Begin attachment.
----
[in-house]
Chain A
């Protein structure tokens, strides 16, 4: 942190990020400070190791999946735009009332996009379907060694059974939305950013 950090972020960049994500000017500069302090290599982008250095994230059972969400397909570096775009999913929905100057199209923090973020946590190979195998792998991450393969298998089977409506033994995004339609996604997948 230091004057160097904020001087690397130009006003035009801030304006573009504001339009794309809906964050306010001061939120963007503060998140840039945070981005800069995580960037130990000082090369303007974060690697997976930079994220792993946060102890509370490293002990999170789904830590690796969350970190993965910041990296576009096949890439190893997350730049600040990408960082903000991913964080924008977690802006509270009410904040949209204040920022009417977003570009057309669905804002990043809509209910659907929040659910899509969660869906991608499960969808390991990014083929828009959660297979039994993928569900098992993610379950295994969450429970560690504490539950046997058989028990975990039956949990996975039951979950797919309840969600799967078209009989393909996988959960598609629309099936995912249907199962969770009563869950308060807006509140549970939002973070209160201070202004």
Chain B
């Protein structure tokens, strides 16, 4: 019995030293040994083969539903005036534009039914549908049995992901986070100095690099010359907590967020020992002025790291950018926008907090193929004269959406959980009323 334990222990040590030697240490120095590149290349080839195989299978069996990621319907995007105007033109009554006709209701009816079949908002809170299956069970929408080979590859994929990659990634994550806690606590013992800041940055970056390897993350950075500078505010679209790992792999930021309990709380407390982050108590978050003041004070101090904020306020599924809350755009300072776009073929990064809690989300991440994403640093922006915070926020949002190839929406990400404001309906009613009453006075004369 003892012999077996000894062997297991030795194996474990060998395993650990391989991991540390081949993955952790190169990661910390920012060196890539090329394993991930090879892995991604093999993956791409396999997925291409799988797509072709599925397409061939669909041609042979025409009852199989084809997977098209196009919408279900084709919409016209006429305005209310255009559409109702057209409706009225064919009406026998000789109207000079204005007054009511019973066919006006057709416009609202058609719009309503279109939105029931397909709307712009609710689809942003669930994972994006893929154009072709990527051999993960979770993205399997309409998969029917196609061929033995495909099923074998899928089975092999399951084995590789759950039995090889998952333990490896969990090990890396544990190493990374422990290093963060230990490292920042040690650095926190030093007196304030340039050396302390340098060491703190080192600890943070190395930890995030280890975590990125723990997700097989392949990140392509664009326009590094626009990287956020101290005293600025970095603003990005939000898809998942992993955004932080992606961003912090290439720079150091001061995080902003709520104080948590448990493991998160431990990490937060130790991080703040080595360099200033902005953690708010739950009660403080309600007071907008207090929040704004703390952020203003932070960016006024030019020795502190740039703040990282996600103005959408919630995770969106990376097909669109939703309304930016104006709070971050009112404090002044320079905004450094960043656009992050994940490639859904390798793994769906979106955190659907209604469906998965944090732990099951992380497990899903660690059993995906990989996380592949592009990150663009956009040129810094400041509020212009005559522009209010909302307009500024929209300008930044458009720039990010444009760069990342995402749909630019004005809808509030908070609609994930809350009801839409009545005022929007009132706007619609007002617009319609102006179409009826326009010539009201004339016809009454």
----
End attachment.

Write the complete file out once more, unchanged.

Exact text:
[in-house]
Chain A
């Protein structure tokens, strides 16, 4: 942190990020400070190791999946735009009332996009379907060694059974939305950013 950090972020960049994500000017500069302090290599982008250095994230059972969400397909570096775009999913929905100057199209923090973020946590190979195998792998991450393969298998089977409506033994995004339609996604997948 230091004057160097904020001087690397130009006003035009801030304006573009504001339009794309809906964050306010001061939120963007503060998140840039945070981005800069995580960037130990000082090369303007974060690697997976930079994220792993946060102890509370490293002990999170789904830590690796969350970190993965910041990296576009096949890439190893997350730049600040990408960082903000991913964080924008977690802006509270009410904040949209204040920022009417977003570009057309669905804002990043809509209910659907929040659910899509969660869906991608499960969808390991990014083929828009959660297979039994993928569900098992993610379950295994969450429970560690504490539950046997058989028990975990039956949990996975039951979950797919309840969600799967078209009989393909996988959960598609629309099936995912249907199962969770009563869950308060807006509140549970939002973070209160201070202004």
Chain B
């Protein structure tokens, strides 16, 4: 019995030293040994083969539903005036534009039914549908049995992901986070100095690099010359907590967020020992002025790291950018926008907090193929004269959406959980009323 334990222990040590030697240490120095590149290349080839195989299978069996990621319907995007105007033109009554006709209701009816079949908002809170299956069970929408080979590859994929990659990634994550806690606590013992800041940055970056390897993350950075500078505010679209790992792999930021309990709380407390982050108590978050003041004070101090904020306020599924809350755009300072776009073929990064809690989300991440994403640093922006915070926020949002190839929406990400404001309906009613009453006075004369 003892012999077996000894062997297991030795194996474990060998395993650990391989991991540390081949993955952790190169990661910390920012060196890539090329394993991930090879892995991604093999993956791409396999997925291409799988797509072709599925397409061939669909041609042979025409009852199989084809997977098209196009919408279900084709919409016209006429305005209310255009559409109702057209409706009225064919009406026998000789109207000079204005007054009511019973066919006006057709416009609202058609719009309503279109939105029931397909709307712009609710689809942003669930994972994006893929154009072709990527051999993960979770993205399997309409998969029917196609061929033995495909099923074998899928089975092999399951084995590789759950039995090889998952333990490896969990090990890396544990190493990374422990290093963060230990490292920042040690650095926190030093007196304030340039050396302390340098060491703190080192600890943070190395930890995030280890975590990125723990997700097989392949990140392509664009326009590094626009990287956020101290005293600025970095603003990005939000898809998942992993955004932080992606961003912090290439720079150091001061995080902003709520104080948590448990493991998160431990990490937060130790991080703040080595360099200033902005953690708010739950009660403080309600007071907008207090929040704004703390952020203003932070960016006024030019020795502190740039703040990282996600103005959408919630995770969106990376097909669109939703309304930016104006709070971050009112404090002044320079905004450094960043656009992050994940490639859904390798793994769906979106955190659907209604469906998965944090732990099951992380497990899903660690059993995906990989996380592949592009990150663009956009040129810094400041509020212009005559522009209010909302307009500024929209300008930044458009720039990010444009760069990342995402749909630019004005809808509030908070609609994930809350009801839409009545005022929007009132706007619609007002617009319609102006179409009826326009010539009201004339016809009454």